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casper May 22, 2020 4:33 AM

Quote:

Originally Posted by LO 044 (Post 8929319)
Two recent interesting stories:
1. WestJet - https://www.cbc.ca/news/business/wes...irus-1.5578719
I didn't even know this rule existed. So any company in Canada that lays off 50+ people is required to give 4 months notice or essentially pay?

2. Air Canada - https://business.financialpost.com/t...old-says-union
Not surprised here but wouldn't the same 4 month rule apply as above for WestJet.

I'm curious what people think about this around the country. Frankly i don't know what to think about the above. It is not unexpected. I don't think my (publicly traded) company would even keep me around for 2-3 years. In fact some of my coworkers are on temporary lay off but from what i understand you can only do this for 6 months. After that, "decisions" will need to be made from what i have been told.

I don't think taxpayers money should bail out people that literally won't be working 2-3 years. EI is one thing but the CERB and wage subsidy is a bottomless pit. It is well documented. Being based in Alberta, i had read someone saying "hey when my i lost my oil job, all the environmentalists told me to go work at a wind farm or solar plant, why don't we do that to the airline workers" which i thought was an interesting point. Did the fisherman out east or the forestry workers in BC get 2-3 years in free pay for not fishing? They got money for retraining. Perhaps that should happen to the airline employees i dunno. I guess the auto workers got bailed out and how has that turned out. Off to Mexico. I haven't seen Elizabeth May or Yves Blanchet come out and say stop bailing out the airlines either although no one is surprised by that.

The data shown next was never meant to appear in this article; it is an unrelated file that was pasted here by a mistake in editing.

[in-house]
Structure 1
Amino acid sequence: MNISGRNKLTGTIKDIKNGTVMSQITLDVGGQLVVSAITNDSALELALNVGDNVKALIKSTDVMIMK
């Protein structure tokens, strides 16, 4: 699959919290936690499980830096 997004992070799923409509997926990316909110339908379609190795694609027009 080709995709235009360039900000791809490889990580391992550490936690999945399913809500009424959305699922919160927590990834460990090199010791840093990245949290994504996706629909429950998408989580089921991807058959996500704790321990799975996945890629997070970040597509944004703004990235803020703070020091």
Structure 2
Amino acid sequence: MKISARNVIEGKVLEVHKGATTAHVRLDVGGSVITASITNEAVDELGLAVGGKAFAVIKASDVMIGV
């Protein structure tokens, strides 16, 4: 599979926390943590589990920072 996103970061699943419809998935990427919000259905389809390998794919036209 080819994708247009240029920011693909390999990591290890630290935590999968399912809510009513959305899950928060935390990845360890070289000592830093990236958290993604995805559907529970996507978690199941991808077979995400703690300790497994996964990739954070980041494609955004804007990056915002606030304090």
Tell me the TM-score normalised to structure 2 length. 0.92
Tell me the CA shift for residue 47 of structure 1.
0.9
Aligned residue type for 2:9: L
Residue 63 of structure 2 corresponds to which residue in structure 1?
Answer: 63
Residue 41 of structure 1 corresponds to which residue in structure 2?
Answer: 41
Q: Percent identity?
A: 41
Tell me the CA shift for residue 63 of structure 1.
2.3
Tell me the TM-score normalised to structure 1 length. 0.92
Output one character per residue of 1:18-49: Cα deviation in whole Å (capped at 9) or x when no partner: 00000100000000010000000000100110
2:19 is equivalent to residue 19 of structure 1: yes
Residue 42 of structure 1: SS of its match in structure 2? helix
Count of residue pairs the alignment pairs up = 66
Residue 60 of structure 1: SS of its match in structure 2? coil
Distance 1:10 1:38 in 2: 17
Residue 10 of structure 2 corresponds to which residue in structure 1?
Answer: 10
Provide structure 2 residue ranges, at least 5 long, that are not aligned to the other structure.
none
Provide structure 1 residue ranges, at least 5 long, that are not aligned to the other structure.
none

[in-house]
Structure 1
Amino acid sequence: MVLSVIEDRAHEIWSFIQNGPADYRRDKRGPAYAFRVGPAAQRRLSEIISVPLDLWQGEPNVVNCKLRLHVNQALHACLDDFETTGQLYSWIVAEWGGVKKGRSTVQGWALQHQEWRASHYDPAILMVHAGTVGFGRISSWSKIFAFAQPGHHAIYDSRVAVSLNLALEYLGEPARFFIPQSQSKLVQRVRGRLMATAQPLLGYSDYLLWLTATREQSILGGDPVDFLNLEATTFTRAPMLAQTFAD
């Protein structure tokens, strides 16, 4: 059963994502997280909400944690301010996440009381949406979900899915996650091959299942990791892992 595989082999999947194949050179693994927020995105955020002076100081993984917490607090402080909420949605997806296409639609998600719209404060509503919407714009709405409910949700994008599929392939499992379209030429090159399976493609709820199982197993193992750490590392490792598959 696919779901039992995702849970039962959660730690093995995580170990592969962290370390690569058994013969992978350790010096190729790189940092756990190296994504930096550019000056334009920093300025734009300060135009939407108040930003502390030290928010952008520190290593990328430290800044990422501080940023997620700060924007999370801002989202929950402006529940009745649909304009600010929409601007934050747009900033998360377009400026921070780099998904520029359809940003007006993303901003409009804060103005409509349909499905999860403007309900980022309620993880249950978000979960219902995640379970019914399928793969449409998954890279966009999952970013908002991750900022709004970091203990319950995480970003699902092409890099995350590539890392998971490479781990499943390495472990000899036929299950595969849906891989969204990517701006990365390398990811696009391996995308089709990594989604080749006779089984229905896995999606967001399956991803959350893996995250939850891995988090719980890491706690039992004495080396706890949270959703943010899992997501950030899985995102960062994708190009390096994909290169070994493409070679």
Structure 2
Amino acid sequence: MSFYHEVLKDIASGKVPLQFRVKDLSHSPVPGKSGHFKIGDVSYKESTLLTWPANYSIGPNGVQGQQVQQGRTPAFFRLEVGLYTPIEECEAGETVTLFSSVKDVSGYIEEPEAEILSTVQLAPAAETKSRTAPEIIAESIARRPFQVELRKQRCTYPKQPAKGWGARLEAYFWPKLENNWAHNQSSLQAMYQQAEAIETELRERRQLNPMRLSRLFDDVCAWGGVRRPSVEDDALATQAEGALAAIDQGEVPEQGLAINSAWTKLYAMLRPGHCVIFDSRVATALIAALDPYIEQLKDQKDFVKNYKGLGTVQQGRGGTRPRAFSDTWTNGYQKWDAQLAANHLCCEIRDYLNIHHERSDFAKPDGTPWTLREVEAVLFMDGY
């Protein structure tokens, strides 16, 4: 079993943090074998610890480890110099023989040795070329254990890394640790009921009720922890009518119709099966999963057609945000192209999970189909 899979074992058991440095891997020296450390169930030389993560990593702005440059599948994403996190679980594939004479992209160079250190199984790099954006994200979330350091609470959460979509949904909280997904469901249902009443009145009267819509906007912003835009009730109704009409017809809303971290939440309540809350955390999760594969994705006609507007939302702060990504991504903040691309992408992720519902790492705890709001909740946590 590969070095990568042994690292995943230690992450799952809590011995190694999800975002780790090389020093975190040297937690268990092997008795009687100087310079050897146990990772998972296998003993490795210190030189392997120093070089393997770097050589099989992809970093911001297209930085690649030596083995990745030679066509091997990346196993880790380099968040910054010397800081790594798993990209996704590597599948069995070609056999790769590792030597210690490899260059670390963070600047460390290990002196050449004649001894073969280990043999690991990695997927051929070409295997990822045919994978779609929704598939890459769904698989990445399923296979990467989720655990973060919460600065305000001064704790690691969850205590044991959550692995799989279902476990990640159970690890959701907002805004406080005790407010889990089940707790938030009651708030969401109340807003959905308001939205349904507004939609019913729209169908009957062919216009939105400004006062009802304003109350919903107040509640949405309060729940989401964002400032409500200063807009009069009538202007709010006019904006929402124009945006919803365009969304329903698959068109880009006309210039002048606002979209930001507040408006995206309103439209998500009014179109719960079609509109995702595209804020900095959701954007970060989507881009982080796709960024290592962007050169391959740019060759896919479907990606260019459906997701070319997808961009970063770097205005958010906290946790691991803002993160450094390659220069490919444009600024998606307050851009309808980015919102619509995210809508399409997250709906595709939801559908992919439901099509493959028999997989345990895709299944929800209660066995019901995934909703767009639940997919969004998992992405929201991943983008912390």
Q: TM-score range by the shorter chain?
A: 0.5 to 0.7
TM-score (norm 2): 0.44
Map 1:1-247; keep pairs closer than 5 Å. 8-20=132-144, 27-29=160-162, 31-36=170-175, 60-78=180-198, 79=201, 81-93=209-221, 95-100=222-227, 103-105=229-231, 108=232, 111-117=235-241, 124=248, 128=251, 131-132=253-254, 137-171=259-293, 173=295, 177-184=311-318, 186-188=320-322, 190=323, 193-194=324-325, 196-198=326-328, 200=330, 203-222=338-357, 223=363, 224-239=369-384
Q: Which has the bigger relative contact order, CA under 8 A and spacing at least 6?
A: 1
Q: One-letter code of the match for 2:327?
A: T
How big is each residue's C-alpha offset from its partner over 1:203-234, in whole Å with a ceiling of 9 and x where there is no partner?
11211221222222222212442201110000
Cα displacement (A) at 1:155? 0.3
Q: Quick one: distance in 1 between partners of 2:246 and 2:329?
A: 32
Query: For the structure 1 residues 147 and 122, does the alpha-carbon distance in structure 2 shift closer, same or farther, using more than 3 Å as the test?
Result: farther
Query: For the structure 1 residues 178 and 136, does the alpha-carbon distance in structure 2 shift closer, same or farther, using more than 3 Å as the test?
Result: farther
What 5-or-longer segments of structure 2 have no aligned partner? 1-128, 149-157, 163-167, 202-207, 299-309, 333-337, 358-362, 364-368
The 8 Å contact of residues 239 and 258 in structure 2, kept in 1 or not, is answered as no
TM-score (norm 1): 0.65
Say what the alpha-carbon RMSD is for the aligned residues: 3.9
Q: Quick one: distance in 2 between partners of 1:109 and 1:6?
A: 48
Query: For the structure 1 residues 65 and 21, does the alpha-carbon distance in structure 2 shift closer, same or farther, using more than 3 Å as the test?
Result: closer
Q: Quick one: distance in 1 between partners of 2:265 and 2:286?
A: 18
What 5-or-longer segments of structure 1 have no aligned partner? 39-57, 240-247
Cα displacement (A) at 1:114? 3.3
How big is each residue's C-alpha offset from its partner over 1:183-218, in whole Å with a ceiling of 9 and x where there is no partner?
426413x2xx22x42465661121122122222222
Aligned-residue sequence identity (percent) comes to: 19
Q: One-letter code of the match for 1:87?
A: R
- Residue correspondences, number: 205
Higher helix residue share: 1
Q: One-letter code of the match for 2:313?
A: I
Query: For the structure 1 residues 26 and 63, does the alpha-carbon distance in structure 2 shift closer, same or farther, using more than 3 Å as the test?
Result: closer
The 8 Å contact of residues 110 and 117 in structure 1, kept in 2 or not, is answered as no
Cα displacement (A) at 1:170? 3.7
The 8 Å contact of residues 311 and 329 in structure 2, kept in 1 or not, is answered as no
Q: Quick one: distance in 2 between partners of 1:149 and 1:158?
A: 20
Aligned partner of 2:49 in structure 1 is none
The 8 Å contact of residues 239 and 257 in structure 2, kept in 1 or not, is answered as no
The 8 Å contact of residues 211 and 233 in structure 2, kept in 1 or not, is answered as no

I'm curious what people's perspectives are on this. I'm still an avgeek at heart. To be fair i don't think the CFL should get government money either.

Key thing to remember with labour law is there is federal and provincial labour law. Depending on the the industry an employee falls under the federal labour code or they fall under the provincial code. They don't fall under both.

Federal labour law only covers around 10-15% of workers in Canada. Basically federal government, federal crowns, and anyone working for chartered banks, nuclear, cable TV/phone companies, pipelines, ports or transpiration (airlines, railways, trucking) if the company operates across provincial boundaries.

The definition of what is federal vrs provincial comes down to being in the "national interest". Nearly all of these companies are associated with critical infrastructure that other unrelated aspects of the economy depend on.

It requires 16 weeks or permission from the minister to use a shorter period.

LO 044 May 22, 2020 4:33 AM

Any government getting equity in AC or WS is not a good idea let alone any private company. Think of it, the government as any typical investor would want to maximize their return or at least get their money back. Since they control policies that limit or allow competition it is about as big of a conflict of interest as possible. But as is typical with any government entity it's easy to make decisions of "investment" because it's not their personal money.

LO 044 May 22, 2020 4:37 AM

Quote:

Originally Posted by casper (Post 8929434)
Nearly all of these companies are associated with critical infrastructure that other unrelated aspects of the economy depend on.